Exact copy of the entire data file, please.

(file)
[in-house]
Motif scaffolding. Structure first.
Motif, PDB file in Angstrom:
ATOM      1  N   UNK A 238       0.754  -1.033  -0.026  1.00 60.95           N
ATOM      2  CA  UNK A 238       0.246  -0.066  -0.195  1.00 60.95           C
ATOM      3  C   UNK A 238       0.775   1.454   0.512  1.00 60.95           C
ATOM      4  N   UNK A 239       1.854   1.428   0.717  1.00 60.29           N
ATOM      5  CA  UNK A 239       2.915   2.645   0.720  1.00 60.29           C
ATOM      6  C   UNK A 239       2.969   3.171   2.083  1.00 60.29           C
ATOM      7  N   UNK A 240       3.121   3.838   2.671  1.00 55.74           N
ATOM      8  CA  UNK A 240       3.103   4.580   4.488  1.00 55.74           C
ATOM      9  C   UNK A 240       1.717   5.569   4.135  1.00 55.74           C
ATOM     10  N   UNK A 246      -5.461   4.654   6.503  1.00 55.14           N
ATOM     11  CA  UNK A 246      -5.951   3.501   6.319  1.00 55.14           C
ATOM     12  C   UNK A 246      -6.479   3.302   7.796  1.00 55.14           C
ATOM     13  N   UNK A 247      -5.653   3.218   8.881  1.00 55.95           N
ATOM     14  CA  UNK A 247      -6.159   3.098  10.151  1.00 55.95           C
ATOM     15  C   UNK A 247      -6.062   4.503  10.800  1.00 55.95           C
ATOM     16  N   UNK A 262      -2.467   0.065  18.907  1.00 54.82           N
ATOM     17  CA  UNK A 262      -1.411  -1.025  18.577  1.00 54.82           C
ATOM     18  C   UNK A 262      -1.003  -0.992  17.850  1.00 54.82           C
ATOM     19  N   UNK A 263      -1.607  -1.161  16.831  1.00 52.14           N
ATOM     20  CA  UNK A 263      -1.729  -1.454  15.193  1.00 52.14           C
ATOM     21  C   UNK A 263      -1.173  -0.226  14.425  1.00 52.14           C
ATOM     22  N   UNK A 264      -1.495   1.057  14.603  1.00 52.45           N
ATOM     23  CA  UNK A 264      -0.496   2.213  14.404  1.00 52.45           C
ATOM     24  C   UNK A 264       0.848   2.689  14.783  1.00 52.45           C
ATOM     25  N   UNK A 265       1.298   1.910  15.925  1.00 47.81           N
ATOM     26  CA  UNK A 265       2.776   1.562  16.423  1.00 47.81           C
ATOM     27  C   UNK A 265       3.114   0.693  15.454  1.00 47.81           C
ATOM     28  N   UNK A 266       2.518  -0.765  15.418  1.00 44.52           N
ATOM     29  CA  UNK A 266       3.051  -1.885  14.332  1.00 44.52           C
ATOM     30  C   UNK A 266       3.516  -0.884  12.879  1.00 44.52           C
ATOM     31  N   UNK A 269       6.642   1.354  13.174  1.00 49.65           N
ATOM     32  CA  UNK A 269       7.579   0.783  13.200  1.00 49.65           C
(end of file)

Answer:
[in-house]
Motif scaffolding. Structure first.
Motif, PDB file in Angstrom:
ATOM      1  N   UNK A 238       0.754  -1.033  -0.026  1.00 60.95           N
ATOM      2  CA  UNK A 238       0.246  -0.066  -0.195  1.00 60.95           C
ATOM      3  C   UNK A 238       0.775   1.454   0.512  1.00 60.95           C
ATOM      4  N   UNK A 239       1.854   1.428   0.717  1.00 60.29           N
ATOM      5  CA  UNK A 239       2.915   2.645   0.720  1.00 60.29           C
ATOM      6  C   UNK A 239       2.969   3.171   2.083  1.00 60.29           C
ATOM      7  N   UNK A 240       3.121   3.838   2.671  1.00 55.74           N
ATOM      8  CA  UNK A 240       3.103   4.580   4.488  1.00 55.74           C
ATOM      9  C   UNK A 240       1.717   5.569   4.135  1.00 55.74           C
ATOM     10  N   UNK A 246      -5.461   4.654   6.503  1.00 55.14           N
ATOM     11  CA  UNK A 246      -5.951   3.501   6.319  1.00 55.14           C
ATOM     12  C   UNK A 246      -6.479   3.302   7.796  1.00 55.14           C
ATOM     13  N   UNK A 247      -5.653   3.218   8.881  1.00 55.95           N
ATOM     14  CA  UNK A 247      -6.159   3.098  10.151  1.00 55.95           C
ATOM     15  C   UNK A 247      -6.062   4.503  10.800  1.00 55.95           C
ATOM     16  N   UNK A 262      -2.467   0.065  18.907  1.00 54.82           N
ATOM     17  CA  UNK A 262      -1.411  -1.025  18.577  1.00 54.82           C
ATOM     18  C   UNK A 262      -1.003  -0.992  17.850  1.00 54.82           C
ATOM     19  N   UNK A 263      -1.607  -1.161  16.831  1.00 52.14           N
ATOM     20  CA  UNK A 263      -1.729  -1.454  15.193  1.00 52.14           C
ATOM     21  C   UNK A 263      -1.173  -0.226  14.425  1.00 52.14           C
ATOM     22  N   UNK A 264      -1.495   1.057  14.603  1.00 52.45           N
ATOM     23  CA  UNK A 264      -0.496   2.213  14.404  1.00 52.45           C
ATOM     24  C   UNK A 264       0.848   2.689  14.783  1.00 52.45           C
ATOM     25  N   UNK A 265       1.298   1.910  15.925  1.00 47.81           N
ATOM     26  CA  UNK A 265       2.776   1.562  16.423  1.00 47.81           C
ATOM     27  C   UNK A 265       3.114   0.693  15.454  1.00 47.81           C
ATOM     28  N   UNK A 266       2.518  -0.765  15.418  1.00 44.52           N
ATOM     29  CA  UNK A 266       3.051  -1.885  14.332  1.00 44.52           C
ATOM     30  C   UNK A 266       3.516  -0.884  12.879  1.00 44.52           C
ATOM     31  N   UNK A 269       6.642   1.354  13.174  1.00 49.65           N
ATOM     32  CA  UNK A 269       7.579   0.783  13.200  1.00 49.65           C